Former Cumberland South MLA Murray Scott (left) greets Jamie Baillie at his victory party Tuesday. ((CBC))

Interim Progressive Conservative leader Jamie Baillie has won a seat in the Nova Scotia legislature.

Baillie emerged as the winner of the Cumberland South byelection Tuesday, beating Liberal candidate Ken Jackson and New Democratic candidate Scott McKee.

According to unofficial results from Elections Nova Scotia, Baillie won the race with 57 per cent of the vote, followed by Jackson with 38 per cent and McKee with five per cent.

There were 43 polls, with a total of 5,738 votes.

"From my family and from me, we are humbled. We are feeling great humility," Baillie told cheering supporters at his victory party in Springhill.

"The fact that they’ve turned to the PC party here as the best alternative to the NDP is a very good thing for the PC party and, I hope, some day for all of Nova Scotia," Baillie said.

Polls closed at 7 p.m. in Cumberland South, which includes Oxford, Parrsboro and Springhill within its boundaries.

The seat had been vacant since longtime Progressive Conservative MLA Murray Scott resigned on Sept. 8.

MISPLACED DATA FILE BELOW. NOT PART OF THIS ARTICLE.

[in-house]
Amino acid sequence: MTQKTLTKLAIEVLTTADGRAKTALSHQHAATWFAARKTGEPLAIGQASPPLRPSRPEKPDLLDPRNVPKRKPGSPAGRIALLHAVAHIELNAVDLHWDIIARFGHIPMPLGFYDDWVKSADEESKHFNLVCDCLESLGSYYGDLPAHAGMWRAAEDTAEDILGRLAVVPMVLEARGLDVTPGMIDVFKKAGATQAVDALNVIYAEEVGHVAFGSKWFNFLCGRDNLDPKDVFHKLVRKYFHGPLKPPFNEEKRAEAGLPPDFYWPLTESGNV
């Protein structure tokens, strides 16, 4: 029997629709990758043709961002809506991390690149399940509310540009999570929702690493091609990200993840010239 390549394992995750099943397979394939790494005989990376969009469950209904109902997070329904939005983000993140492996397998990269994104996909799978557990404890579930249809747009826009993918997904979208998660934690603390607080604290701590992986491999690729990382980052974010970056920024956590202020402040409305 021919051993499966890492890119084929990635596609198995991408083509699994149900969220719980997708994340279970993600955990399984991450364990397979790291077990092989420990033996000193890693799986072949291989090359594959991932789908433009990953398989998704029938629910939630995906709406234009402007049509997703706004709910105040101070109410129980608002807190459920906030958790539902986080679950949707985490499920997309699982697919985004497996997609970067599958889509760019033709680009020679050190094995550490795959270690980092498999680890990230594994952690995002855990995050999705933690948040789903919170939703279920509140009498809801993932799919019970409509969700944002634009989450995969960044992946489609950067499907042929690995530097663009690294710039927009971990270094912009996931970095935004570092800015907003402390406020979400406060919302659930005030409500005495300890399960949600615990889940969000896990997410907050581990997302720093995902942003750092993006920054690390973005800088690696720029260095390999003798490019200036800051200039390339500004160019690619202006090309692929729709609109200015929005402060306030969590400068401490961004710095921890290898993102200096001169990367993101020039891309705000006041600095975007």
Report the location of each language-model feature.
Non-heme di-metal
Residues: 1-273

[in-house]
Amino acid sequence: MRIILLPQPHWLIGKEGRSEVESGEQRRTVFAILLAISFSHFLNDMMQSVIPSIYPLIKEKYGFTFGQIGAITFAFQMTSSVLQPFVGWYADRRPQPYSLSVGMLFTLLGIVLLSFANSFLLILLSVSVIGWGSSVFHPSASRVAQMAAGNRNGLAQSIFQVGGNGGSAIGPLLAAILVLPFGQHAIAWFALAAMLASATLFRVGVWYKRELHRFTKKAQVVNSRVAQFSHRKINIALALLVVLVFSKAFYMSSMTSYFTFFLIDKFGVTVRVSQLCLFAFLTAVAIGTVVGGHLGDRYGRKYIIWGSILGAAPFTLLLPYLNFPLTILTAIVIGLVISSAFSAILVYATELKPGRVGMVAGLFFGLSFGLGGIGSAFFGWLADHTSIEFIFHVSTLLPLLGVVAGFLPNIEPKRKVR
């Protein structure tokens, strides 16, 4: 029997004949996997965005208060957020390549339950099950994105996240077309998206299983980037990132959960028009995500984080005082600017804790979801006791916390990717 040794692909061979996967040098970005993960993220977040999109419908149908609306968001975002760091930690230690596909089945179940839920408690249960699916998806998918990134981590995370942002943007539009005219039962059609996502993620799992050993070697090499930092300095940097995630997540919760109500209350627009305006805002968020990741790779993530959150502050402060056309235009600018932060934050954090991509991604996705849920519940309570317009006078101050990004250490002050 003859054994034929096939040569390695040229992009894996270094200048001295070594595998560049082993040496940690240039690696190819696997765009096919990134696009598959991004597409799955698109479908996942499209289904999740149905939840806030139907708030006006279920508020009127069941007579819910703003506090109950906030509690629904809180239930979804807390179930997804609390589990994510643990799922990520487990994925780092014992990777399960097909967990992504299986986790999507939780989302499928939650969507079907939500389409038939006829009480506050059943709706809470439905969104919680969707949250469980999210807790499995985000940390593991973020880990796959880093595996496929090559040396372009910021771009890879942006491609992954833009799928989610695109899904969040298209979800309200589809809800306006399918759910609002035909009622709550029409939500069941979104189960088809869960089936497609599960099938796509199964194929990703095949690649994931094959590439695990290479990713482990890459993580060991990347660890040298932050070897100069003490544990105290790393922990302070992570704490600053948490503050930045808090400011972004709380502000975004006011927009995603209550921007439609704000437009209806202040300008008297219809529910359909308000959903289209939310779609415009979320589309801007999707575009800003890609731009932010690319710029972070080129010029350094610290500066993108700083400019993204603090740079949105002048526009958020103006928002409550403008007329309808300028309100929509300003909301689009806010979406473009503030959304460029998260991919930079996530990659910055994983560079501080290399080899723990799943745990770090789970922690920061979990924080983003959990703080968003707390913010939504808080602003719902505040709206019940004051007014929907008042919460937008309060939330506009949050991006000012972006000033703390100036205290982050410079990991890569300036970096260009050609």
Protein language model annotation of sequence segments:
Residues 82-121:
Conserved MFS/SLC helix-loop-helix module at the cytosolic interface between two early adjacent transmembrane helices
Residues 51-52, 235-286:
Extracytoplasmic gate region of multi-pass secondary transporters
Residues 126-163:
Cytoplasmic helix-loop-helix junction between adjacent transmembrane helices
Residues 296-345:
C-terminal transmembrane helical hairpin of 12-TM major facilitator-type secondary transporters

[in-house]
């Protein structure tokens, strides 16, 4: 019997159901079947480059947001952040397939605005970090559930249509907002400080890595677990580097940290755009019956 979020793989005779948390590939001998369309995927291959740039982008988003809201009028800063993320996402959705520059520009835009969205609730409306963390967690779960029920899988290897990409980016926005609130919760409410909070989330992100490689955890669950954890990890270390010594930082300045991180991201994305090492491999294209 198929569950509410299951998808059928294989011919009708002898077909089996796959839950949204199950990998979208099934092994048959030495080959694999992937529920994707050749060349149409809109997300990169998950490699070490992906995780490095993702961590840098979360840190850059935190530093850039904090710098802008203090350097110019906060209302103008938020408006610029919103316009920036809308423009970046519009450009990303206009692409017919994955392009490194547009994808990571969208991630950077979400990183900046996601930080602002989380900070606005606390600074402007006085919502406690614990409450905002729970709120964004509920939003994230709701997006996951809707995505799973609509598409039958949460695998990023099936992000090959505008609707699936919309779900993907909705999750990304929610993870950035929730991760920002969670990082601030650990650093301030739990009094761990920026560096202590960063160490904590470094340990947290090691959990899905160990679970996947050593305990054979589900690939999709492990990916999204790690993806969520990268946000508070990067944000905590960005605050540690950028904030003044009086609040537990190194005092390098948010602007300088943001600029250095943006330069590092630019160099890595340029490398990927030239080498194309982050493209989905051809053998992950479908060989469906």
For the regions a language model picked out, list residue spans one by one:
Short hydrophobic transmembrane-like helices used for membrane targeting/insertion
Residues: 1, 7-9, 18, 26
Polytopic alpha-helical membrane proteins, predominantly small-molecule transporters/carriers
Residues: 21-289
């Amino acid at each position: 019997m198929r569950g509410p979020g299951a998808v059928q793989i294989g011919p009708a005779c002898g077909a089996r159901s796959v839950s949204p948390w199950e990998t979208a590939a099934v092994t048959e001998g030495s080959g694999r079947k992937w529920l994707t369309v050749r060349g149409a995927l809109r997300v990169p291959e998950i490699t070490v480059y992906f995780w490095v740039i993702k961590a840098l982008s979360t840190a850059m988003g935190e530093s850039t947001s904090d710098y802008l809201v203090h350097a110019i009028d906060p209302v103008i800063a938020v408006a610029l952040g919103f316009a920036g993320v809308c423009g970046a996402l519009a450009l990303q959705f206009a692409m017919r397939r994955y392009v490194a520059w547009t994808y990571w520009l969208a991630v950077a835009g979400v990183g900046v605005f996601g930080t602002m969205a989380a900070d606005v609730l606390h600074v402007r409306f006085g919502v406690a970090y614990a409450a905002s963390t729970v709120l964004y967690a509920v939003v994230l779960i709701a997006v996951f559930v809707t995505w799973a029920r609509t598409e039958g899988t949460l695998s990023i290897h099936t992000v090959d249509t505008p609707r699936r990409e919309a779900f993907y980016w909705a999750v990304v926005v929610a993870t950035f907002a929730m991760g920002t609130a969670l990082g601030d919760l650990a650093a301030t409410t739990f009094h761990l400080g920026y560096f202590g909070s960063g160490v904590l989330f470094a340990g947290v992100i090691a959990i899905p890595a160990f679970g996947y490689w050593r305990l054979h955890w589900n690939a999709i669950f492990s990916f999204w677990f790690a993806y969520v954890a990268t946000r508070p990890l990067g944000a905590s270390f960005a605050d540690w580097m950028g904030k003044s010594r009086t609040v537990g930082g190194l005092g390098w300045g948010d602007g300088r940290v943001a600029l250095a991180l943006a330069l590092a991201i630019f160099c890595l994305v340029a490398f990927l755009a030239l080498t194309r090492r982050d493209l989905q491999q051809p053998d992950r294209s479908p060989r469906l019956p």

His resignation cleared the way for Baillie to win a seat as Cumberland South is considered one of the safest PC seats in the province.

When Baillie arrived at the victory party with his family just before 8:30 on Tuesday, Scott was the first person to greet him with a handshake and a hug.

"The people of Cumberland South have spoken in a loud voice and that voice is so loud that it's ringing in [Premier] Darrell Dexter's ears," Baillie said

Baillie, 44, left his job as president of Credit Union Atlantic to run for the Tory leadership earlier this year. As the only candidate, he was acclaimed as leader on Aug. 16. He will officially become the party leader after a convention this weekend in Halifax.

The interim leader grew up in Truro and lives in Halifax, and has since bought a second home in Cumberland South.

Standings in Nova Scotia's 52-seat legislature after the byelection are: 31 New Democrats, 12 Liberals, eight Conservatives and one Independent.